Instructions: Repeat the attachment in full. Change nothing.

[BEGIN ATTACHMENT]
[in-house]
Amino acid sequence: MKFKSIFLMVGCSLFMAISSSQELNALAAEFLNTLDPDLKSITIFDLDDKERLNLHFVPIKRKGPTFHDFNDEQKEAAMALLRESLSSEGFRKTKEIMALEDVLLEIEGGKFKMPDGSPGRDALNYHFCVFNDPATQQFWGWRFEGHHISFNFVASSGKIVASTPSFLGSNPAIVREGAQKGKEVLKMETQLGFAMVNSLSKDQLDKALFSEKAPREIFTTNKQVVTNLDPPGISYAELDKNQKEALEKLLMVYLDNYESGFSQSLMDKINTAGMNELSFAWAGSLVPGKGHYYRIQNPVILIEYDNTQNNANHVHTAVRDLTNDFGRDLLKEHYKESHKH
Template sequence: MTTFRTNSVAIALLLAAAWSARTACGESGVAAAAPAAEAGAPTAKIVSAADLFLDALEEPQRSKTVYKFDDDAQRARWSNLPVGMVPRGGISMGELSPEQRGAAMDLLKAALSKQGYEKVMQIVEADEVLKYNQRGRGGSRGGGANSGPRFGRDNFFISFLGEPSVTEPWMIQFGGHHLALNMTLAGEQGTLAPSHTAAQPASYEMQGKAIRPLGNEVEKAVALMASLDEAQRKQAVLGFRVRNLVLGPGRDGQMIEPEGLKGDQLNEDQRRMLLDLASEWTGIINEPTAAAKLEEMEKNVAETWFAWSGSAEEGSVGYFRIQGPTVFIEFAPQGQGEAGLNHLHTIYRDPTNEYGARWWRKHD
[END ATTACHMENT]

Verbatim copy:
[in-house]
Amino acid sequence: MKFKSIFLMVGCSLFMAISSSQELNALAAEFLNTLDPDLKSITIFDLDDKERLNLHFVPIKRKGPTFHDFNDEQKEAAMALLRESLSSEGFRKTKEIMALEDVLLEIEGGKFKMPDGSPGRDALNYHFCVFNDPATQQFWGWRFEGHHISFNFVASSGKIVASTPSFLGSNPAIVREGAQKGKEVLKMETQLGFAMVNSLSKDQLDKALFSEKAPREIFTTNKQVVTNLDPPGISYAELDKNQKEALEKLLMVYLDNYESGFSQSLMDKINTAGMNELSFAWAGSLVPGKGHYYRIQNPVILIEYDNTQNNANHVHTAVRDLTNDFGRDLLKEHYKESHKH
Template sequence: MTTFRTNSVAIALLLAAAWSARTACGESGVAAAAPAAEAGAPTAKIVSAADLFLDALEEPQRSKTVYKFDDDAQRARWSNLPVGMVPRGGISMGELSPEQRGAAMDLLKAALSKQGYEKVMQIVEADEVLKYNQRGRGGSRGGGANSGPRFGRDNFFISFLGEPSVTEPWMIQFGGHHLALNMTLAGEQGTLAPSHTAAQPASYEMQGKAIRPLGNEVEKAVALMASLDEAQRKQAVLGFRVRNLVLGPGRDGQMIEPEGLKGDQLNEDQRRMLLDLASEWTGIINEPTAAAKLEEMEKNVAETWFAWSGSAEEGSVGYFRIQGPTVFIEFAPQGQGEAGLNHLHTIYRDPTNEYGARWWRKHD